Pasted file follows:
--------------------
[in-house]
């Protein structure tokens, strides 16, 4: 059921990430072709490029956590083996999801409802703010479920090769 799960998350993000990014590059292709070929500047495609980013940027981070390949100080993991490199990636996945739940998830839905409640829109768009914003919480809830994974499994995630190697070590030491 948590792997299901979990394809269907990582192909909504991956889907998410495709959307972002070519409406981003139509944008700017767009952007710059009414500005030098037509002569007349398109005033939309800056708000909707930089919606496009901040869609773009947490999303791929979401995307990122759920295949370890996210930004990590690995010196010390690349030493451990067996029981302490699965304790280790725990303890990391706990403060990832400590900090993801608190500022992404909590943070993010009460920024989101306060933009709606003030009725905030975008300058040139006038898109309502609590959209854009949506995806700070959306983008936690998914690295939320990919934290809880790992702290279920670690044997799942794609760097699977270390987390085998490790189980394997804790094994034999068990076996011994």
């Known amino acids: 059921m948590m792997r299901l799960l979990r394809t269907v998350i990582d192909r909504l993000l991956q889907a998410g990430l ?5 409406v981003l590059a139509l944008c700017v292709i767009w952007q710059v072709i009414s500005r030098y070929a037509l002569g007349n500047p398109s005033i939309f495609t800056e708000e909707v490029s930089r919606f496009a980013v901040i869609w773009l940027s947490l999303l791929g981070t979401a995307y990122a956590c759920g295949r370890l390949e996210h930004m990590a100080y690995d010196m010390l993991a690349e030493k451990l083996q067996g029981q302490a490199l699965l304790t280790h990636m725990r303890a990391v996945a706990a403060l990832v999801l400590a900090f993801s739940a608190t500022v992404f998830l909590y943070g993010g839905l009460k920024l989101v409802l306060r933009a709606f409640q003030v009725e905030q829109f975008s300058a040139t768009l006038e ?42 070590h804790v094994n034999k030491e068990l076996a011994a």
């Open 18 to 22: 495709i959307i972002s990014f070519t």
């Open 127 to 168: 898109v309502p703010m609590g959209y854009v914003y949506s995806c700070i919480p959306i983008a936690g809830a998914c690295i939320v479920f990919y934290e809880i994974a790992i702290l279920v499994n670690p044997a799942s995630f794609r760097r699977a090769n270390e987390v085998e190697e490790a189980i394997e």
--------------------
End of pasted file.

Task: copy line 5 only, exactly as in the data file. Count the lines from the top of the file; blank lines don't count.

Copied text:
């Open 127 to 168: 898109v309502p703010m609590g959209y854009v914003y949506s995806c700070i919480p959306i983008a936690g809830a998914c690295i939320v479920f990919y934290e809880i994974a790992i702290l279920v499994n670690p044997a799942s995630f794609r760097r699977a090769n270390e987390v085998e190697e490790a189980i394997e």